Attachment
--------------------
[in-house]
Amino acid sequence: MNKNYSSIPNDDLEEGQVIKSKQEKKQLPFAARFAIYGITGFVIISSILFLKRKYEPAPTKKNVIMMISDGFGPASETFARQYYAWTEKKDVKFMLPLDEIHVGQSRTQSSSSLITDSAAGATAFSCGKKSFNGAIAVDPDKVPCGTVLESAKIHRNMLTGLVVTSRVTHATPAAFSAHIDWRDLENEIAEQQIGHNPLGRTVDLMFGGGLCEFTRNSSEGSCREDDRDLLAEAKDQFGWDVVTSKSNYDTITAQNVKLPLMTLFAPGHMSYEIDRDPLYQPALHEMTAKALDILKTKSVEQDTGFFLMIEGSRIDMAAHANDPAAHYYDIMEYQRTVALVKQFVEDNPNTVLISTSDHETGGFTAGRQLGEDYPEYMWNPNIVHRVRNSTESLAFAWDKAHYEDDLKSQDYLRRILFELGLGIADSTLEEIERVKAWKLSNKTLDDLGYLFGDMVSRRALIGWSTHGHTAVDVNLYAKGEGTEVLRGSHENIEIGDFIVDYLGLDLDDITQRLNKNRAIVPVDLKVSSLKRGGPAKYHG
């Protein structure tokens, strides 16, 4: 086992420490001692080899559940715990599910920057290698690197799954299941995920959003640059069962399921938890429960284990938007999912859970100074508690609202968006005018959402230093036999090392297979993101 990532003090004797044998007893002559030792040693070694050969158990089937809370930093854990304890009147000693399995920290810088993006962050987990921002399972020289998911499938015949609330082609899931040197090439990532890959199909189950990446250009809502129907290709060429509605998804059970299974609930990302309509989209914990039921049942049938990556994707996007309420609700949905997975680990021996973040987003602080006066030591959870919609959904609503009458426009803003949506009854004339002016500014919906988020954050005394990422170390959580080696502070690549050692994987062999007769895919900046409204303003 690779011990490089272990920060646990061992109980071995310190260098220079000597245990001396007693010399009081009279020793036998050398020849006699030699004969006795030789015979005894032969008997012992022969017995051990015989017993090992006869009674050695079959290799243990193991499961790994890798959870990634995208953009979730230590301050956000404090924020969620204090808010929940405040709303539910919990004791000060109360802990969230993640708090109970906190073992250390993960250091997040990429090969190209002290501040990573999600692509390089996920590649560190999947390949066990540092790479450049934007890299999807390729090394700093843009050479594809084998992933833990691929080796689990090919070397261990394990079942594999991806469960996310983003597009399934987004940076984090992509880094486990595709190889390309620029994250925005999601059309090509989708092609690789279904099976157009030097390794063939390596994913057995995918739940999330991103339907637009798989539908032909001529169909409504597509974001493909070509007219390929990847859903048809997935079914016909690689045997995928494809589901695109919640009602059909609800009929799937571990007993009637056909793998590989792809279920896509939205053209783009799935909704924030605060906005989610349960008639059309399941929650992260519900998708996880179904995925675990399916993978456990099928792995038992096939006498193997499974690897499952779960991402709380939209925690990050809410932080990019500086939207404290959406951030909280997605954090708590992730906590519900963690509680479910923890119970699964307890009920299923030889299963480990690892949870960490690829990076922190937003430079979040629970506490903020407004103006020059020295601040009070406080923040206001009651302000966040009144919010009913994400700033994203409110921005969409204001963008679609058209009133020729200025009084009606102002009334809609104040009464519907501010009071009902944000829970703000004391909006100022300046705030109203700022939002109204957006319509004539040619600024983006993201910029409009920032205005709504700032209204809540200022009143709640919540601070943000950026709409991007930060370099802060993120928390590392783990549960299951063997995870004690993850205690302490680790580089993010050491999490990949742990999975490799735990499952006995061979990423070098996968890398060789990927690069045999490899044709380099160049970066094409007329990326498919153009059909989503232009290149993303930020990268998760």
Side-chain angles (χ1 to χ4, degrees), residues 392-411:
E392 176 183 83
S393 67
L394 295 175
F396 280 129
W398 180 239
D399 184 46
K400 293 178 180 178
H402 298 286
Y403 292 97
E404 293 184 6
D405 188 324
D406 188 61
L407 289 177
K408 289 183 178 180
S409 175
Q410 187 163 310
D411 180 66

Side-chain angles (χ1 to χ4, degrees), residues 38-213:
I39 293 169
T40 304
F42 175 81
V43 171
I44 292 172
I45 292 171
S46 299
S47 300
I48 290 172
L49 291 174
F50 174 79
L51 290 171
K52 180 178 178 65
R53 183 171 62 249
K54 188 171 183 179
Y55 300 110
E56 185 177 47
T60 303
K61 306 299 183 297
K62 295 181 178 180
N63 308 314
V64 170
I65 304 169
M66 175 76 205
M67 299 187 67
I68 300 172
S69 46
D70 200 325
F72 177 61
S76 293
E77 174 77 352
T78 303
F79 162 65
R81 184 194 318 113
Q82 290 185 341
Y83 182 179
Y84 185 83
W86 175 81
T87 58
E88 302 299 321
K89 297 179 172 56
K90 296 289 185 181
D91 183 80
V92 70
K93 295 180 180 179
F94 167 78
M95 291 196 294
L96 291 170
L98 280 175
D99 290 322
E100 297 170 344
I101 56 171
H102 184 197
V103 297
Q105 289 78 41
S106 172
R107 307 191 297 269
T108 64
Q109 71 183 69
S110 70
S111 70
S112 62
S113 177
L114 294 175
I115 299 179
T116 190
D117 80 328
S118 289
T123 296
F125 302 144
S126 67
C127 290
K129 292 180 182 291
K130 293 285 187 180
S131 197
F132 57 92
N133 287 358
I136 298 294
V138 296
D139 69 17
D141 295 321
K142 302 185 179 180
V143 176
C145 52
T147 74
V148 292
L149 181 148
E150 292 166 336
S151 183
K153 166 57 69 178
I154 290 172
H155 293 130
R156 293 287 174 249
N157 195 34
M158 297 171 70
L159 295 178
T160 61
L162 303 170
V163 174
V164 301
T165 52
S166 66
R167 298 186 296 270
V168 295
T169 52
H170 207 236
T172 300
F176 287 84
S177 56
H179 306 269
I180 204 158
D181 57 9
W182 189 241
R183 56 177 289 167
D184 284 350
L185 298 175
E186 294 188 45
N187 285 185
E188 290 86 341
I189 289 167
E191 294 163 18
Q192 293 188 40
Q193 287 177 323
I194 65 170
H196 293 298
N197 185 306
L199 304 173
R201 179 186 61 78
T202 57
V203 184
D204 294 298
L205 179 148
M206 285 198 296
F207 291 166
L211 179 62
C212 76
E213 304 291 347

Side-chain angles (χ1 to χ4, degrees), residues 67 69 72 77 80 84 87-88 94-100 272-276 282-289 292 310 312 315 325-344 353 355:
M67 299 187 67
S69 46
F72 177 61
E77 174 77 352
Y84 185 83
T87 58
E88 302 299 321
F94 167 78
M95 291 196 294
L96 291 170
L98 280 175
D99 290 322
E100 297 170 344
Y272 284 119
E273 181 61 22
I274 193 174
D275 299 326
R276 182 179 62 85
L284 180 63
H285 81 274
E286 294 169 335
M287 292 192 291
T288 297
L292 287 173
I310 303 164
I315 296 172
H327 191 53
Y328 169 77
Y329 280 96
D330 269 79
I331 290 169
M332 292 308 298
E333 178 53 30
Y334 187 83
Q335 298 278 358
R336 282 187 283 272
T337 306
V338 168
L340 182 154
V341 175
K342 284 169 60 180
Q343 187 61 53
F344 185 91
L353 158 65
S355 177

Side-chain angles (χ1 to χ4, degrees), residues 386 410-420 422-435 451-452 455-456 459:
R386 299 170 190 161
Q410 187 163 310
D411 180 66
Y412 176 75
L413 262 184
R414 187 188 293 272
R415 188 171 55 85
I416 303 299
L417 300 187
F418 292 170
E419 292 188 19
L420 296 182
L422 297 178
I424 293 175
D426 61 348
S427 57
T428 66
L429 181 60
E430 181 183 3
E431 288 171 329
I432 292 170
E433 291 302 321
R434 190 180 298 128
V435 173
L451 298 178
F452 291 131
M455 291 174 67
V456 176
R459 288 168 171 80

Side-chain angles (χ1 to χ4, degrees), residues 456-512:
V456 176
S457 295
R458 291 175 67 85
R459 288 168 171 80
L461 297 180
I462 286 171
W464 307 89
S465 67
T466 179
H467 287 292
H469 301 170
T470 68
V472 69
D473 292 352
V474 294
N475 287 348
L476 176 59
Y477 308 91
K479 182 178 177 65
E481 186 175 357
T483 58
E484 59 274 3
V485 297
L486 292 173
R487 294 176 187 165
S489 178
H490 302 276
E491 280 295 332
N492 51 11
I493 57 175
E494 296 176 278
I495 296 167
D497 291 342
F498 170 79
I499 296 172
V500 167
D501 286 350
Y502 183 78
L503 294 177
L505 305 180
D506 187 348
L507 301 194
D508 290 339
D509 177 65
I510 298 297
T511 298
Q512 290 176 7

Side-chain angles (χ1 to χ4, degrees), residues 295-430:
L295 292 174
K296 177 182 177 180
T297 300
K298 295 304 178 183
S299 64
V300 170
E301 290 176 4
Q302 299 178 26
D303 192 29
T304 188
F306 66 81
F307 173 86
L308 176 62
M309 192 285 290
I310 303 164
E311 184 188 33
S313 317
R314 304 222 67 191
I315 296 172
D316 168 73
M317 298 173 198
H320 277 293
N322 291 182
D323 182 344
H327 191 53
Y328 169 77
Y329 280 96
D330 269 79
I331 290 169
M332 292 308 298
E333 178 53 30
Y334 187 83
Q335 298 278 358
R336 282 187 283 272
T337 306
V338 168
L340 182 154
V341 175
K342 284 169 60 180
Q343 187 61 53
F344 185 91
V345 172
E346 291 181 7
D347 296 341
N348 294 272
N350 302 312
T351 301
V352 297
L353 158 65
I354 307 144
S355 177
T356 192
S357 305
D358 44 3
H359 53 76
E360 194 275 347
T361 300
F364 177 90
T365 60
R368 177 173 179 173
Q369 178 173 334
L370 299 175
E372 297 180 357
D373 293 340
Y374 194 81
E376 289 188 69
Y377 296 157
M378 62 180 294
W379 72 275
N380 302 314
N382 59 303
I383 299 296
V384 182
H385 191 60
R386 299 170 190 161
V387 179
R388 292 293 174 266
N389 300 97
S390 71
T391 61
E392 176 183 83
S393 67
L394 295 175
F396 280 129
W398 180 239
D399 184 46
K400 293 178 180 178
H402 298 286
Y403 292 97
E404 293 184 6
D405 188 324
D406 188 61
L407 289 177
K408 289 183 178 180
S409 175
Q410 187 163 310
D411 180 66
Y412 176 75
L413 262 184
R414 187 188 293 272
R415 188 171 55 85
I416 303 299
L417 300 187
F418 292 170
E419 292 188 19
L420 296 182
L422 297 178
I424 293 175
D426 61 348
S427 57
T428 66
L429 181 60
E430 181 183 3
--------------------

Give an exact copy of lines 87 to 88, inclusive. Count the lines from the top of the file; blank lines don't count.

I115 299 179
T116 190